Bath is renowned for its hot spring waters presided over by the goddess Sulis, Romans used this hot water source for a series of roman baths and built a great temple to their own goddess Minerva entwined with the earlier celtic goddess Sulis.
Water by its very nature has a practical use,without it we would die, our settlements are planned round good water sources. Yet, from the very earliest times, it must also have had an important and mystical potency that we can hardly understand today, it is woven into our religious rituals. In the later iron age, when belief systems held that there was an "Otherworld", water would have been seen to mirror this world, a liminal space that one could enter.
Bath is served by the river Avon, a gently winding river that loops and curves through the Somerset countryside as it meanders down into Bristol. Along its path other streams and smaller rivers tumble down the hillside from the downs above. Sometimes this water travels underground, breaking to the surface in water spouts, or appearing at the bottom of the hill to serve medieval corn mills. Occasionally it will break free from its underground way after a particularly heavy downpour and cascade exuberantly on the surface.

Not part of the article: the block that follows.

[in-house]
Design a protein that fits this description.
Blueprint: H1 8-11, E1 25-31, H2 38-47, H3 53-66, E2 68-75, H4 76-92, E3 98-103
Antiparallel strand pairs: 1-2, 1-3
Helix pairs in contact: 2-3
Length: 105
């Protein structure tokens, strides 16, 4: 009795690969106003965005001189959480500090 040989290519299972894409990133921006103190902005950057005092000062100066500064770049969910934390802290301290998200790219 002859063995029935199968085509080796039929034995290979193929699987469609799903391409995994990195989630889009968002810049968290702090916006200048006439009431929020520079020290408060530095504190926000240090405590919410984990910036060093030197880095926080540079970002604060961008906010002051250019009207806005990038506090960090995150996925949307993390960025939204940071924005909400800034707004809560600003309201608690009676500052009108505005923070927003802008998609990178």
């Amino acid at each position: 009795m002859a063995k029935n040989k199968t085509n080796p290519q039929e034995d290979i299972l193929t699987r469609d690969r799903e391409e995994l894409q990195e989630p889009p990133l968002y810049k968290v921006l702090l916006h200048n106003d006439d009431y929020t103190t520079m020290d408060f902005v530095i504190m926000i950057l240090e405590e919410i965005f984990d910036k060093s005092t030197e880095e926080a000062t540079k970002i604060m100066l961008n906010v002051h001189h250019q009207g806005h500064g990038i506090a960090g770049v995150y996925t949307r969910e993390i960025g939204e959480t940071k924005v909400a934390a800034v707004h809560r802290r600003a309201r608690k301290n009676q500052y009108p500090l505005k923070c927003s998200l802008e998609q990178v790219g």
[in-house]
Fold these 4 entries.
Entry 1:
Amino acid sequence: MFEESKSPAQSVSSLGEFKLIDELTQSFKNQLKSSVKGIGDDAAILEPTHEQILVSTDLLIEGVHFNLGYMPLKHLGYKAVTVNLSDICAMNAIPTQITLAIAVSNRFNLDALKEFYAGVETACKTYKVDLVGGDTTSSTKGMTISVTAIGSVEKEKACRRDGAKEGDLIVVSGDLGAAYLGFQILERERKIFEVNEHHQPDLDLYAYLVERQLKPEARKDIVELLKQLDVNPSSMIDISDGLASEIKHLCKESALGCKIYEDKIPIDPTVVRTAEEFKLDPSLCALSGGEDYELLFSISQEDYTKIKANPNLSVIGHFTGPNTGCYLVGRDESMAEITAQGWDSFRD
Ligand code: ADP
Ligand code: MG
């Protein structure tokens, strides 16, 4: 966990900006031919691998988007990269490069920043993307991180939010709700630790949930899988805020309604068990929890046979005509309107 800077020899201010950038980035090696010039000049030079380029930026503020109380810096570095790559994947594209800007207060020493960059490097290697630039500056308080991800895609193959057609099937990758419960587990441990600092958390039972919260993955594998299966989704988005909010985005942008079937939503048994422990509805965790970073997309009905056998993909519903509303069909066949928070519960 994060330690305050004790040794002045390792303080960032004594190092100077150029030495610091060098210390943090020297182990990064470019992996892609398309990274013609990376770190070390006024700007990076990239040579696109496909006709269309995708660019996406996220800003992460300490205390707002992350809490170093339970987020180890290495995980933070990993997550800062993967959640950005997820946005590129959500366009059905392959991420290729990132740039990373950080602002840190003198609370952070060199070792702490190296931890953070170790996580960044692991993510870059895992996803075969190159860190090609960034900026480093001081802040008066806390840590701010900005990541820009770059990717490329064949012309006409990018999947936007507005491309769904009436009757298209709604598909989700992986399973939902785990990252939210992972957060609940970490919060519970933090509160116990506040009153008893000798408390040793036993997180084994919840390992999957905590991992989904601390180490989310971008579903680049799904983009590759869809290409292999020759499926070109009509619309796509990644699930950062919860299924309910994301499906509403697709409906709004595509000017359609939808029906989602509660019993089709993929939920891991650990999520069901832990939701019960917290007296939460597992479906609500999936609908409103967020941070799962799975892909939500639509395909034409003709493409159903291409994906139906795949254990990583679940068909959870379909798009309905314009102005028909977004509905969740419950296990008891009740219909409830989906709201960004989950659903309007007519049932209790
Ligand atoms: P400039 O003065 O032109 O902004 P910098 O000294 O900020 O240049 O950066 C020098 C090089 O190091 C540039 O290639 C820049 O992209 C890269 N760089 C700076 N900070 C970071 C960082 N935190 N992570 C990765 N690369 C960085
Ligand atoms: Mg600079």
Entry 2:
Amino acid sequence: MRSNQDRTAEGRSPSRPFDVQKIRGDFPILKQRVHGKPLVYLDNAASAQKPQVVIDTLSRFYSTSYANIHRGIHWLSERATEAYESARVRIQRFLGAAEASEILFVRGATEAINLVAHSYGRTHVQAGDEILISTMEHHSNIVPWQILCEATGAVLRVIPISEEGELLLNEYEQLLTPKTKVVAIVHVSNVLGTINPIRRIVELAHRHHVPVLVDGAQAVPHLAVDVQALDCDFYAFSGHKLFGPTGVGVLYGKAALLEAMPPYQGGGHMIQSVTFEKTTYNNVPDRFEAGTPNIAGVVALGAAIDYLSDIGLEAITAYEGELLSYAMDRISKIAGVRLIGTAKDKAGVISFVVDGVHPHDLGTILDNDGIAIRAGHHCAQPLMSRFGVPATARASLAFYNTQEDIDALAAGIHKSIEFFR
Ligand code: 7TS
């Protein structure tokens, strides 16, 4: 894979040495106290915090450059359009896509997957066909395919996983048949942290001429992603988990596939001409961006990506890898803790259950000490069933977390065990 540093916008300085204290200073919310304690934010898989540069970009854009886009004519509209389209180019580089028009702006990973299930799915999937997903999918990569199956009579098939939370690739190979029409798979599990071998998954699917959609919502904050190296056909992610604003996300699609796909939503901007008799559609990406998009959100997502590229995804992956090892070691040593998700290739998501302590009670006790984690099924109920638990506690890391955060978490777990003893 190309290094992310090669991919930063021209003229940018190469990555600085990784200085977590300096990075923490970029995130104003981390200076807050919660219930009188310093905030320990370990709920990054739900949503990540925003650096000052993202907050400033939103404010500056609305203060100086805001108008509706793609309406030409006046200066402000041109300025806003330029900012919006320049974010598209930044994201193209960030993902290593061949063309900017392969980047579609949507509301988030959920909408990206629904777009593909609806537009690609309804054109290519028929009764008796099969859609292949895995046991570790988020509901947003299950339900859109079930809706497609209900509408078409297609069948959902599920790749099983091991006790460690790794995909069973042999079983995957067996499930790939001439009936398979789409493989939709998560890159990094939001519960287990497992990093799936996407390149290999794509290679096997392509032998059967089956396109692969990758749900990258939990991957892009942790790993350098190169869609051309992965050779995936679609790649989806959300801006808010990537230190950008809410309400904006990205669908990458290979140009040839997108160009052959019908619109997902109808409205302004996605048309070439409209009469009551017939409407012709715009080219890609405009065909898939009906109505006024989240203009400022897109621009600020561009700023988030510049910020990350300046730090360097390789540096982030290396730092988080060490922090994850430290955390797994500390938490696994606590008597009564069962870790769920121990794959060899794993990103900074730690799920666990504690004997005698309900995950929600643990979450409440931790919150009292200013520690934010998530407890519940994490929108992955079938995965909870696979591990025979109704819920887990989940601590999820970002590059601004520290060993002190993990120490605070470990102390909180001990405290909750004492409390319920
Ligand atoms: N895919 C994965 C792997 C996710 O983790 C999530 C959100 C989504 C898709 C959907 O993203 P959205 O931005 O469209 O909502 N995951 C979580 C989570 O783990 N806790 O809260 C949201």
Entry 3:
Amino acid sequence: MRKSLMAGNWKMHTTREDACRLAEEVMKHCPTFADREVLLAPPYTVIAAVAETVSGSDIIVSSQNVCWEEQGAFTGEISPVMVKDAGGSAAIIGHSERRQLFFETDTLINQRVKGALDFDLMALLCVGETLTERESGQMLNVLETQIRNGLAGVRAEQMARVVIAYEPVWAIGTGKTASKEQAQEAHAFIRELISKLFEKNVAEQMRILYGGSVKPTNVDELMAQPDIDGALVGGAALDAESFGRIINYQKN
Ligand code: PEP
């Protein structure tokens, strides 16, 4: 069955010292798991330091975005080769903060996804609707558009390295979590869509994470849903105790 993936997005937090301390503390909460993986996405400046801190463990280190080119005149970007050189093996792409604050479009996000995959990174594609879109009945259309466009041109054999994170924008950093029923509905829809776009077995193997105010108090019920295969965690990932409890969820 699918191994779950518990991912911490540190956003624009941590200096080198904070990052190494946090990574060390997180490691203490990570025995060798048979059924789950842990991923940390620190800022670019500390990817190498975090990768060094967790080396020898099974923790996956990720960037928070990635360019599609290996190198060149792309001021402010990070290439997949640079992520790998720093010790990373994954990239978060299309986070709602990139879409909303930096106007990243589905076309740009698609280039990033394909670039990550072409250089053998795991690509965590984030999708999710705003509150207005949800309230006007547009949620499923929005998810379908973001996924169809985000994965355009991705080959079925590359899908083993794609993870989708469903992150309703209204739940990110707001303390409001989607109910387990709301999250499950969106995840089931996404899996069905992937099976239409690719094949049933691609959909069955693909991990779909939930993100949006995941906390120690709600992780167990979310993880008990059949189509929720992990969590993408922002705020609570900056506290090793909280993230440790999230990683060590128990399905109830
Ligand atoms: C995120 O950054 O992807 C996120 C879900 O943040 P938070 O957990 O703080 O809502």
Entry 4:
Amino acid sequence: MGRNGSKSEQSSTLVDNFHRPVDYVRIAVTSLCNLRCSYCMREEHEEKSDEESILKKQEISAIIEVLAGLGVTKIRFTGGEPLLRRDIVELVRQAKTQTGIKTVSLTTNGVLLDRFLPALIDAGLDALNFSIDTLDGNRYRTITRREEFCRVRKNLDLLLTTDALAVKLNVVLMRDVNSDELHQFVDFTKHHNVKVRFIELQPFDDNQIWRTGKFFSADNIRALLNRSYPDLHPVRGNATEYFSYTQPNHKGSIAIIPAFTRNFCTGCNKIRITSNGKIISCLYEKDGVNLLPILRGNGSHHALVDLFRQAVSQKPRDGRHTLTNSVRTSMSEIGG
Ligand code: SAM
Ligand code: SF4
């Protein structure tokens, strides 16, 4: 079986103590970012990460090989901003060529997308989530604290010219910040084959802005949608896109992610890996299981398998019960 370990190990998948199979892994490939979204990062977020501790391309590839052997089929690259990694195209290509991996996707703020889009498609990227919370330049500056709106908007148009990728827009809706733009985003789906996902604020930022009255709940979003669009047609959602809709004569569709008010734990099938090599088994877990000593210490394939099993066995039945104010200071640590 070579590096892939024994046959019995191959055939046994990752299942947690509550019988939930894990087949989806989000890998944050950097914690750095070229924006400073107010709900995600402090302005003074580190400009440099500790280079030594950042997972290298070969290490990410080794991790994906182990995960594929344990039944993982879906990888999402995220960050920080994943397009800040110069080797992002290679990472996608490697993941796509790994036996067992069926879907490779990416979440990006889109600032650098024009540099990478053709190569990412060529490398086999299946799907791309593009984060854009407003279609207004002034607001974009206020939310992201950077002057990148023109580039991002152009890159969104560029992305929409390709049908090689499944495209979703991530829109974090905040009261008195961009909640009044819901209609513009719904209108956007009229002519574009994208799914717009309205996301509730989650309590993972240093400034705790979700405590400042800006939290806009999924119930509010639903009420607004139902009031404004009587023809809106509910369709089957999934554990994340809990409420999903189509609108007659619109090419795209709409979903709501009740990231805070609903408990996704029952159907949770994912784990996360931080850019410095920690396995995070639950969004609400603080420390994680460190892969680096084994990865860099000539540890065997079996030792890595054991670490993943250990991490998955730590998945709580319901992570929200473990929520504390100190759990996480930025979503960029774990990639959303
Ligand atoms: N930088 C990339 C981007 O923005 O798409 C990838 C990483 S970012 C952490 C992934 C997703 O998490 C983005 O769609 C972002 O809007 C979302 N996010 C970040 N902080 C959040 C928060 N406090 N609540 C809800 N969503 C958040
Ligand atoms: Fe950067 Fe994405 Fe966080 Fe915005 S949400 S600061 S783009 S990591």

Tracing these streams and springlines often uncovers places of early religious worship.